By Giselle Blythe
A signature silhouette of American deserts, Agave has played a central role in supporting the lives of Native Americans for centuries. About 200 species of are found from south-western United States throughout Mexico and in Central and tropical America.
The plants have a large rosette of thick fleshy leaves generally ending in a sharp point and with a spiny margin. Each rosette is monocarpic, meaning it grows slowly to flower only once after many years, when a tall stem grows from the center of the rosette and bears a large number of short tubular flowers.
Many species of Agave are bat pollinated and produce musky perfumes as attractants. Others produce odors to attract insects.
After development of fruit and the original plant dies, but pups are frequently produced from the base, which become new plants.
Every part of the Agave plant is used for something. The heart and leaves are roasted and eaten freshly cooked, or may be dried for storage. The flower stalk is eaten roasted, boiled or raw. Flowers may be use for adornment or boiled for food. Seed is used for decorative bead making or ground into flour. Honey is produced by carpenter bees that nest in old seed heads. Moth larvae found inside plants are a delicacy. The fresh root is grated and mixed with hot water to create a lathering soap or shampoo. A dried leaf tea is still used for indigestion water retention and arthritis. Mexiote is the papery cuticle peeled from leaf surfaces (raw or cooked) used for food wrapping or paper.
Aguamiel or “honey water” is a sweet sap tapped from the core of the living plant and boiled like maple syrup. When fermented it becomes Pulque, lightly alcoholic. When a similar product is distilled after fermentation it becomes Mescal or Sotol. The entire plant is harvested and the core processed to make Tequila, Raicilla or Bacanora. It can only be called Tequila if made from the Blue Agave within the Tequila region of Mexico, near Guadalajara.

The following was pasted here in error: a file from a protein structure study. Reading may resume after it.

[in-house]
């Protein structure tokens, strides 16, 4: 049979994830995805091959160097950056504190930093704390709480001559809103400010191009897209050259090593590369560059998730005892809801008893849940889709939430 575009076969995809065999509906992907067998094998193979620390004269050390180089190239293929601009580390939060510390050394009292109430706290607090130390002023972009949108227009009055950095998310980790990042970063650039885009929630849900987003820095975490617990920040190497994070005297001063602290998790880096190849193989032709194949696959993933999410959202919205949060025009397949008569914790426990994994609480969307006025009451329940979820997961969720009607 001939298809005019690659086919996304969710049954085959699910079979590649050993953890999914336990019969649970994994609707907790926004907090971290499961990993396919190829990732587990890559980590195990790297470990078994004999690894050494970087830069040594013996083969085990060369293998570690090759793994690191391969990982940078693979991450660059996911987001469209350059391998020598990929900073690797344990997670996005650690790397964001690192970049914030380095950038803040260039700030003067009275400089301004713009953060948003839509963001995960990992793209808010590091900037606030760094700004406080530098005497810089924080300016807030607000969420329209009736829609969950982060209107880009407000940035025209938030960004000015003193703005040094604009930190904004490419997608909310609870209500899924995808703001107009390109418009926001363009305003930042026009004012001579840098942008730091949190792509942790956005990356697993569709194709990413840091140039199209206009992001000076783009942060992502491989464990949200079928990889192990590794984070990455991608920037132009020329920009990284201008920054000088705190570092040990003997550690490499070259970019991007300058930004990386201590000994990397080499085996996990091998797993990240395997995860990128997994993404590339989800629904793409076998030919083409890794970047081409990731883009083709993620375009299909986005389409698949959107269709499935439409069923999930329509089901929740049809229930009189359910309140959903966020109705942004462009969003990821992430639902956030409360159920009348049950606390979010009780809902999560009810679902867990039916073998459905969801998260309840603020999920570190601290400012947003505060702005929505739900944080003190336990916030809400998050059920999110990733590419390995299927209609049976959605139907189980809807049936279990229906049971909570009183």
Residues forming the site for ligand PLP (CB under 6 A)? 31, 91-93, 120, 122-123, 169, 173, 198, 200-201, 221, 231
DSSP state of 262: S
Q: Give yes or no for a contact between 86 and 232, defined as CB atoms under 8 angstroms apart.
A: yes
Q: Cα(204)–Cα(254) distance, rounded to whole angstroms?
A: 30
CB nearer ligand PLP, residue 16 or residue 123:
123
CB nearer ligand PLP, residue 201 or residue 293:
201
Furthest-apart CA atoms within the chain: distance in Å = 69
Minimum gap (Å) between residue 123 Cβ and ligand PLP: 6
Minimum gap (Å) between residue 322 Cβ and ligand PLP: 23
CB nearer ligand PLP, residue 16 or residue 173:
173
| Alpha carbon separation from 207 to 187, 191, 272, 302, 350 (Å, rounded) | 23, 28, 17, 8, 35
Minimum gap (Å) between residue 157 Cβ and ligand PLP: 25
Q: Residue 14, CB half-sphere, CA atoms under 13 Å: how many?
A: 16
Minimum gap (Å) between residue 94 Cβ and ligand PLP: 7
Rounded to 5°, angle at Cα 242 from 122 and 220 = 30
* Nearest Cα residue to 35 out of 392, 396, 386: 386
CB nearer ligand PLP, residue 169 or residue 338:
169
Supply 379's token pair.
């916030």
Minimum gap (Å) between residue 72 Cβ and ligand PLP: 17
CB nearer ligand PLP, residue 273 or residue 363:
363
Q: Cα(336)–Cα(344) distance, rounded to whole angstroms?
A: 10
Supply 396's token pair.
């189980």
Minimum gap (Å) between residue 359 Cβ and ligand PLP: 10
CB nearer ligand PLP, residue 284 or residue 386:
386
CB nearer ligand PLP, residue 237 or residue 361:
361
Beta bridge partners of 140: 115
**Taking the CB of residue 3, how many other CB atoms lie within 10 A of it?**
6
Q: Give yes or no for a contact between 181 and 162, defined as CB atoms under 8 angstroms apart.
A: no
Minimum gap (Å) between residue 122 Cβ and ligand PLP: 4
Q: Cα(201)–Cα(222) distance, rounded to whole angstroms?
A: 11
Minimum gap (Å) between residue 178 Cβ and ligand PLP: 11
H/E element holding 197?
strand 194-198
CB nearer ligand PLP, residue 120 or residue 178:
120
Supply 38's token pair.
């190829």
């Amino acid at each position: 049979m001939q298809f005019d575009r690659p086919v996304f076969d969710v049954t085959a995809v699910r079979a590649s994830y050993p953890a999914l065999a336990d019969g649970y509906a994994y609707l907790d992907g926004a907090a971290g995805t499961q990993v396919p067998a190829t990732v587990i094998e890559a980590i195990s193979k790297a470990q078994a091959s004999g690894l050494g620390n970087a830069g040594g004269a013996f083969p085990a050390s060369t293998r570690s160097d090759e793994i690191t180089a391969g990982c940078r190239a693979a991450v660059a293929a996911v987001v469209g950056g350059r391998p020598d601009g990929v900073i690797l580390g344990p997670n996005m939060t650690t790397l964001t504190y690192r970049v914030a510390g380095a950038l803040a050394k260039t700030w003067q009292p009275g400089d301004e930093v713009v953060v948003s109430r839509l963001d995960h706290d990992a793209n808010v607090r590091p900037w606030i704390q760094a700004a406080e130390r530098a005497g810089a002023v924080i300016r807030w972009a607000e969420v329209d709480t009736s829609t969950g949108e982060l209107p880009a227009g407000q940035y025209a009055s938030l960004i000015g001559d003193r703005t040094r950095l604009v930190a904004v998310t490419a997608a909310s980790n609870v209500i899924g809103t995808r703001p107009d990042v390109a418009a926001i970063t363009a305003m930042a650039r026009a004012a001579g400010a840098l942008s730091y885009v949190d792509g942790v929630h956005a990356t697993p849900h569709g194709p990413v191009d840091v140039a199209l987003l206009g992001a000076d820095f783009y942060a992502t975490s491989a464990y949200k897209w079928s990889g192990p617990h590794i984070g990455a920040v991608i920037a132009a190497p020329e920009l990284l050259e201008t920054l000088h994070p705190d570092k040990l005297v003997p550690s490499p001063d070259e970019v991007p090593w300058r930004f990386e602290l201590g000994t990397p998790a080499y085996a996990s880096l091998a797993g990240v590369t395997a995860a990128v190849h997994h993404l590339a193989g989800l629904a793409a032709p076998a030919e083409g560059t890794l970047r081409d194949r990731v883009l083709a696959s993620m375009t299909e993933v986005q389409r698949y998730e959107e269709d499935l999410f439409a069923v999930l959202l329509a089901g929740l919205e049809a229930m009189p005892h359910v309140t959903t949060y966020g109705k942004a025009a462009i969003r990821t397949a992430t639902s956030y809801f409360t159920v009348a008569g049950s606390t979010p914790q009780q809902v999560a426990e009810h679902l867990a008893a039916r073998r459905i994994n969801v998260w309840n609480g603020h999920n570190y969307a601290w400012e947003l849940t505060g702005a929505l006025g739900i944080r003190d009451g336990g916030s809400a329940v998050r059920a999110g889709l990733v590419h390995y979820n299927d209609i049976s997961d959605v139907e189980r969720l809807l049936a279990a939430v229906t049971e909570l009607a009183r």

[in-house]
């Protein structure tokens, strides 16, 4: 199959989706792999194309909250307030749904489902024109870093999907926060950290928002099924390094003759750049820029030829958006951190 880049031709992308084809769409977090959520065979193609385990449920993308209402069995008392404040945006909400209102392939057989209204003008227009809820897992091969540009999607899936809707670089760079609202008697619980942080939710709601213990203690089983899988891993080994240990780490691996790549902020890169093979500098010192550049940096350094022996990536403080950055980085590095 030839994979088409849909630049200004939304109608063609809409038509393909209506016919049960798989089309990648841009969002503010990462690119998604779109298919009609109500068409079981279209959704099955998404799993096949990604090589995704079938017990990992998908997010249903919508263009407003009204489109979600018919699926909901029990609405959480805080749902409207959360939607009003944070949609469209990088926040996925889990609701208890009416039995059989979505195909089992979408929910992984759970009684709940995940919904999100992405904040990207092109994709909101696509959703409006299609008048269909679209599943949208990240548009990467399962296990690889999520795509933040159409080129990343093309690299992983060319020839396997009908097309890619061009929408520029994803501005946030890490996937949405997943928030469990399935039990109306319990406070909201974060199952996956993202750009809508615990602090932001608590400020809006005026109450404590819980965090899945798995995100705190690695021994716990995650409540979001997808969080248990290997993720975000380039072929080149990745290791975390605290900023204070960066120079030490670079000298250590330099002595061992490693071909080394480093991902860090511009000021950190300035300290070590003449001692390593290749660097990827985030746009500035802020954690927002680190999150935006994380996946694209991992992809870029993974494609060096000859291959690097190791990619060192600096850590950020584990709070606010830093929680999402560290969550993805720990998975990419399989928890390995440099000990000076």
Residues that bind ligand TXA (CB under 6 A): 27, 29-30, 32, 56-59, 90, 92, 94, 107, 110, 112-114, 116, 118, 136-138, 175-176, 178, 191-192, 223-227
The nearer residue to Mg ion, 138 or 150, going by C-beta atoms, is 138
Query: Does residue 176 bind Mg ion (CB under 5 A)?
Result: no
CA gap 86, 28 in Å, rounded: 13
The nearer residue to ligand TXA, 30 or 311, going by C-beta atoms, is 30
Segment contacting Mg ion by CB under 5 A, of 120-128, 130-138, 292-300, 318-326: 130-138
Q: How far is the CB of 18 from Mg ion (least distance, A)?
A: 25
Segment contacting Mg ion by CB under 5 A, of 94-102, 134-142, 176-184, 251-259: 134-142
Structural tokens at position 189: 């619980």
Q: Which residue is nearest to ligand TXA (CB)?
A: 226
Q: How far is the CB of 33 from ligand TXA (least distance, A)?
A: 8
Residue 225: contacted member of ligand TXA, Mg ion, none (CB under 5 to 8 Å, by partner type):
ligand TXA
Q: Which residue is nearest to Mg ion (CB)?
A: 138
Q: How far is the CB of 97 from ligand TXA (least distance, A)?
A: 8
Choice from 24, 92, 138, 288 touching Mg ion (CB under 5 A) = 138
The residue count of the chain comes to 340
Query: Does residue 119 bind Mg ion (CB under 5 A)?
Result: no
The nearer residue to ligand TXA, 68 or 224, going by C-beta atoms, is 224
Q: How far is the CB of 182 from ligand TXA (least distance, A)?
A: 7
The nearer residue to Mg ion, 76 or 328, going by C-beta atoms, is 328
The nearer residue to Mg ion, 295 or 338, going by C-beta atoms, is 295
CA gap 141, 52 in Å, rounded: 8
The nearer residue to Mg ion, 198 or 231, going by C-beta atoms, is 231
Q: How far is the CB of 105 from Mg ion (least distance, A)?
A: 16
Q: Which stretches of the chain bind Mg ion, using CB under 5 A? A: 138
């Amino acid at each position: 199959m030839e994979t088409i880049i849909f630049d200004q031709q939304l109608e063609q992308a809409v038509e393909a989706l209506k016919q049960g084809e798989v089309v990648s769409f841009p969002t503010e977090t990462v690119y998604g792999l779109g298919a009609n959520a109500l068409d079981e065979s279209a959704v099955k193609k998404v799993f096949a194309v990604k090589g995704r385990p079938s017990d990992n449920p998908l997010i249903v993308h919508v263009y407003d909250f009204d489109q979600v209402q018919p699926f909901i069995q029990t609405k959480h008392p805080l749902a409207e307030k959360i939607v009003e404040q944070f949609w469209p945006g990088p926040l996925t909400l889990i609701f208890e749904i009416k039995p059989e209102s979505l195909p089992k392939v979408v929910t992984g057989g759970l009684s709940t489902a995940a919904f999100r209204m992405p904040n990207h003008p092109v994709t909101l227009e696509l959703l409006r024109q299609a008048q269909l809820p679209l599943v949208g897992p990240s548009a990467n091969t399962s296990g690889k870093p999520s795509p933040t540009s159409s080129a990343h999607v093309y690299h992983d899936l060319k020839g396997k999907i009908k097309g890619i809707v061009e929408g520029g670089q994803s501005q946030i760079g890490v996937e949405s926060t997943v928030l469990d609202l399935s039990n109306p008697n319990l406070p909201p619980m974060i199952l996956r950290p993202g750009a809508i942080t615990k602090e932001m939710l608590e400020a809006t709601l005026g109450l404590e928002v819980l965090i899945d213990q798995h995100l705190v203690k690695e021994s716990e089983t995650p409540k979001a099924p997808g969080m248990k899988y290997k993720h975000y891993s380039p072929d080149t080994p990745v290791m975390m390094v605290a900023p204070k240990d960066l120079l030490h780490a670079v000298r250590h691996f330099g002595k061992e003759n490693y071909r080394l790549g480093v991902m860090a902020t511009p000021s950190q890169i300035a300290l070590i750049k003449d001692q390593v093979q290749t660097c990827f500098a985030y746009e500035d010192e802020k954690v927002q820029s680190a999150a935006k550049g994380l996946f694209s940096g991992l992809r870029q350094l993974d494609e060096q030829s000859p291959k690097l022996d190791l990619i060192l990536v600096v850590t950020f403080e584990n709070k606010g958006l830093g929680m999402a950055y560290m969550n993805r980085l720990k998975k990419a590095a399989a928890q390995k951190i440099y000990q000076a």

The leaves contain strong lengthwise fibers that are harvested for many purposes. Some of the best species for fiber are A. lechugilla, sisalana, fourcroydes and cantala. The finer fibers from the central growth may be used for nets, woven clothing, rugs or bags; while coarser fiber from outer leaves is used for rope, sisal, brooms, bowstrings, sandals, baskets, etc. A ready-made needle and thread can be pulled from a leaf spine tip with the long fiber attached to it.
To easily extract the fibers, the leaves are cooked in a pit fire until very tender, then and pounded and scraped to remove the flesh from the fiber.
But wait, there’s more! Other uses for Agave include musical instruments, face paint, hairbrushes paintbrushes, and scrub brushes with built-in soap, arrow shafts, fish poison (A. lechngilla), baked cakes for body armor, poultices (sapogens are a precursor to cortisone), ethanol (bio-diesel), Wind break, fire fuel.
HOW can anyone possibly live without growing Agave?
Look for mature Agave specimens growing in the Conservatory Cactus House.